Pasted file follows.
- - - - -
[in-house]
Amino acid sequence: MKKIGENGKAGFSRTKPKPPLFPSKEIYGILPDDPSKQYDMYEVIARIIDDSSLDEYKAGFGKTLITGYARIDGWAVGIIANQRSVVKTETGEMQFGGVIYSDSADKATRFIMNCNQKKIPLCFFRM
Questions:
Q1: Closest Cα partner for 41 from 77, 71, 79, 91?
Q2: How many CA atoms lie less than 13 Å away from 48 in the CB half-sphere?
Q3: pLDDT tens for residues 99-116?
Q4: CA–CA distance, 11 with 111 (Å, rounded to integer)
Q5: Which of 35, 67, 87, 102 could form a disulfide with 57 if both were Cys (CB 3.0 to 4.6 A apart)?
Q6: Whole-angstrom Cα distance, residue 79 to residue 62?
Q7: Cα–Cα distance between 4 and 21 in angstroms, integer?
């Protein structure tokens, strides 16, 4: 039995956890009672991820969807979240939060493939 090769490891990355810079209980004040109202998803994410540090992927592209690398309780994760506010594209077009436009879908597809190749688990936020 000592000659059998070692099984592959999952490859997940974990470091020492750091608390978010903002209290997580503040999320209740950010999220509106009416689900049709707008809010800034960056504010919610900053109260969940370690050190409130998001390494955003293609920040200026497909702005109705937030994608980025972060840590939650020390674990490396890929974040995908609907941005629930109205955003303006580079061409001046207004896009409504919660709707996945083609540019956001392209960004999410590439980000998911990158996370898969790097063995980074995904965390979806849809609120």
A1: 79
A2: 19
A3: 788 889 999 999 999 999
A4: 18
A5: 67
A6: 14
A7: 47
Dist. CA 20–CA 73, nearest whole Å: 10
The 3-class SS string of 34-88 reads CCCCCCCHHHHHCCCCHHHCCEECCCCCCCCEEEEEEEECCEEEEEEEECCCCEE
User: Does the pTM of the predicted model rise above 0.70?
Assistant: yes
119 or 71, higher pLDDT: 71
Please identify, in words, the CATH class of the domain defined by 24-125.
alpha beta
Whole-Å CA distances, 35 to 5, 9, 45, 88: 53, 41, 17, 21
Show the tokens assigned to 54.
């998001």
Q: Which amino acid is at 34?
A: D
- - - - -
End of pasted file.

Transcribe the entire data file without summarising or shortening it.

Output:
[in-house]
Amino acid sequence: MKKIGENGKAGFSRTKPKPPLFPSKEIYGILPDDPSKQYDMYEVIARIIDDSSLDEYKAGFGKTLITGYARIDGWAVGIIANQRSVVKTETGEMQFGGVIYSDSADKATRFIMNCNQKKIPLCFFRM
Questions:
Q1: Closest Cα partner for 41 from 77, 71, 79, 91?
Q2: How many CA atoms lie less than 13 Å away from 48 in the CB half-sphere?
Q3: pLDDT tens for residues 99-116?
Q4: CA–CA distance, 11 with 111 (Å, rounded to integer)
Q5: Which of 35, 67, 87, 102 could form a disulfide with 57 if both were Cys (CB 3.0 to 4.6 A apart)?
Q6: Whole-angstrom Cα distance, residue 79 to residue 62?
Q7: Cα–Cα distance between 4 and 21 in angstroms, integer?
């Protein structure tokens, strides 16, 4: 039995956890009672991820969807979240939060493939 090769490891990355810079209980004040109202998803994410540090992927592209690398309780994760506010594209077009436009879908597809190749688990936020 000592000659059998070692099984592959999952490859997940974990470091020492750091608390978010903002209290997580503040999320209740950010999220509106009416689900049709707008809010800034960056504010919610900053109260969940370690050190409130998001390494955003293609920040200026497909702005109705937030994608980025972060840590939650020390674990490396890929974040995908609907941005629930109205955003303006580079061409001046207004896009409504919660709707996945083609540019956001392209960004999410590439980000998911990158996370898969790097063995980074995904965390979806849809609120």
A1: 79
A2: 19
A3: 788 889 999 999 999 999
A4: 18
A5: 67
A6: 14
A7: 47
Dist. CA 20–CA 73, nearest whole Å: 10
The 3-class SS string of 34-88 reads CCCCCCCHHHHHCCCCHHHCCEECCCCCCCCEEEEEEEECCEEEEEEEECCCCEE
User: Does the pTM of the predicted model rise above 0.70?
Assistant: yes
119 or 71, higher pLDDT: 71
Please identify, in words, the CATH class of the domain defined by 24-125.
alpha beta
Whole-Å CA distances, 35 to 5, 9, 45, 88: 53, 41, 17, 21
Show the tokens assigned to 54.
């998001």
Q: Which amino acid is at 34?
A: D